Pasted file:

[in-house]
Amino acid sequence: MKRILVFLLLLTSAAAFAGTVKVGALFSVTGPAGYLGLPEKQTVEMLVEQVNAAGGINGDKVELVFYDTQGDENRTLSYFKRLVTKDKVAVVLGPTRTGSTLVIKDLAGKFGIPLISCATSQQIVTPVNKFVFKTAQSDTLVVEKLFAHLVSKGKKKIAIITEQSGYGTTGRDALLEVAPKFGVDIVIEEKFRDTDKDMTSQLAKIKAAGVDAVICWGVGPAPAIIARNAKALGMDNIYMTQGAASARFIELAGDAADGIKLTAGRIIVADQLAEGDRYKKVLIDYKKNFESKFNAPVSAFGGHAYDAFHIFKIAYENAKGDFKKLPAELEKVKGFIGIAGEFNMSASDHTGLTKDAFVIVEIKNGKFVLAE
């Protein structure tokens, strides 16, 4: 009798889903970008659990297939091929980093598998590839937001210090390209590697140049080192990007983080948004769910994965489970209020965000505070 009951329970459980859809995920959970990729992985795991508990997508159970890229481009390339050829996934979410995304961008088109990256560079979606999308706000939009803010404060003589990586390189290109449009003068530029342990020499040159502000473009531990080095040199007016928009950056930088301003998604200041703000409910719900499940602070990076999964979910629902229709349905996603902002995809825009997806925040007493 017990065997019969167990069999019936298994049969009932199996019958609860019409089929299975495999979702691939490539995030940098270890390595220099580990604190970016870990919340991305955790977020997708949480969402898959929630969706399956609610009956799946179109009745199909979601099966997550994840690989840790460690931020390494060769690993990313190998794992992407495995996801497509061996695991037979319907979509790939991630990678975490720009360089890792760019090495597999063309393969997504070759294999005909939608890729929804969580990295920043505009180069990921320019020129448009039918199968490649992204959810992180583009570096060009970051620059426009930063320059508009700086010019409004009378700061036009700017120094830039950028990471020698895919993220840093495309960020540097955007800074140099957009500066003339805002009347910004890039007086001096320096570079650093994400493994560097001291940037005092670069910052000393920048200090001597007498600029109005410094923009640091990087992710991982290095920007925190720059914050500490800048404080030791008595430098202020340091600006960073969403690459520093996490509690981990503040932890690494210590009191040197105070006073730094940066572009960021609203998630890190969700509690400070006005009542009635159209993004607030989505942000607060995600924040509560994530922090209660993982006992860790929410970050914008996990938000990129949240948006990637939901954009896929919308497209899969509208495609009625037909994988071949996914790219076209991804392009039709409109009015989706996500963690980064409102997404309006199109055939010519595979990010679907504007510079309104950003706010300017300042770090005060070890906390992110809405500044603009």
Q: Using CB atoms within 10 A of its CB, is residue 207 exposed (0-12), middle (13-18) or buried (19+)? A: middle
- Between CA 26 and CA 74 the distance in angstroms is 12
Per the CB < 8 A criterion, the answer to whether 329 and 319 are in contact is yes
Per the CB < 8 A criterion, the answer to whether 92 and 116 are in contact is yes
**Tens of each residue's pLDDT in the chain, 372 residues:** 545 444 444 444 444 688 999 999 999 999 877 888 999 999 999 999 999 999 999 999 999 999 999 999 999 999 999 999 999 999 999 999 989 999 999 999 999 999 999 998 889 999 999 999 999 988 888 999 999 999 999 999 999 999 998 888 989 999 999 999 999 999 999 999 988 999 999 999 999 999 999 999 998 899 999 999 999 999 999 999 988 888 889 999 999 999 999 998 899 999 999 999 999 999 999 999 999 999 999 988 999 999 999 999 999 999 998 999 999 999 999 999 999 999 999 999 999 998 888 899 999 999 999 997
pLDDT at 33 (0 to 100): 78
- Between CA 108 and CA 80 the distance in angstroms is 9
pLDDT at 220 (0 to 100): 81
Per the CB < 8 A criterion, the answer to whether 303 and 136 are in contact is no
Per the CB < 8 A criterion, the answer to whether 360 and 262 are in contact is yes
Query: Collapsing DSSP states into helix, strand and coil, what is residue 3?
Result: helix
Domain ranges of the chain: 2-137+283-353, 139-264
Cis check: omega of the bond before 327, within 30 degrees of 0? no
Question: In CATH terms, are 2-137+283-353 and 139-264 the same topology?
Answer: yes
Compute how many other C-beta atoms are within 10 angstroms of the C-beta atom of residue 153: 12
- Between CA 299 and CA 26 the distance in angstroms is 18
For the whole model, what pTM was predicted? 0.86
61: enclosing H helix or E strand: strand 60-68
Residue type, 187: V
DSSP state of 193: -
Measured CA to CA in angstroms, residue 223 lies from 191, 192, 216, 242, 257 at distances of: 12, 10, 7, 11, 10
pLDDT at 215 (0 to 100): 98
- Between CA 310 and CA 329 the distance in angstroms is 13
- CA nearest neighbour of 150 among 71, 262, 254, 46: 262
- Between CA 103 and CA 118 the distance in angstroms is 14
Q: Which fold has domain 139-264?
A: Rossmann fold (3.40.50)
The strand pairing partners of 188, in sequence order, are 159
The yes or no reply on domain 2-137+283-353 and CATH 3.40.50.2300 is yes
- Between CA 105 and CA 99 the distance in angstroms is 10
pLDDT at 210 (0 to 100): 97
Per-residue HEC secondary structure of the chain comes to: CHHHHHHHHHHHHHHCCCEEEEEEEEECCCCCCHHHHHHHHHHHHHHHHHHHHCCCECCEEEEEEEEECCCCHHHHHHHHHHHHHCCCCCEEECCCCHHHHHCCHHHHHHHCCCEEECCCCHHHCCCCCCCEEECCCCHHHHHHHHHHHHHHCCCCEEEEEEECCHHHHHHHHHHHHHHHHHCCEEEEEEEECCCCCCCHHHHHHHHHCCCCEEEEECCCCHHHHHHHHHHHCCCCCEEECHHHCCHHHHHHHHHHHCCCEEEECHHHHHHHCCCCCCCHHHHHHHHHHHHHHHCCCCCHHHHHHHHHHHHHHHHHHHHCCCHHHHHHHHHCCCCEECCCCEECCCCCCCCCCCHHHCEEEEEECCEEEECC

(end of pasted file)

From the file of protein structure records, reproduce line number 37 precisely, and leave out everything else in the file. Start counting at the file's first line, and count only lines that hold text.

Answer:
Per-residue HEC secondary structure of the chain comes to: CHHHHHHHHHHHHHHCCCEEEEEEEEECCCCCCHHHHHHHHHHHHHHHHHHHHCCCECCEEEEEEEEECCCCHHHHHHHHHHHHHCCCCCEEECCCCHHHHHCCHHHHHHHCCCEEECCCCHHHCCCCCCCEEECCCCHHHHHHHHHHHHHHCCCCEEEEEEECCHHHHHHHHHHHHHHHHHCCEEEEEEEECCCCCCCHHHHHHHHHCCCCEEEEECCCCHHHHHHHHHHHCCCCCEEECHHHCCHHHHHHHHHHHCCCEEEECHHHHHHHCCCCCCCHHHHHHHHHHHHHHHCCCCCHHHHHHHHHHHHHHHHHHHHCCCHHHHHHHHHCCCCEECCCCEECCCCCCCCCCCHHHCEEEEEECCEEEECC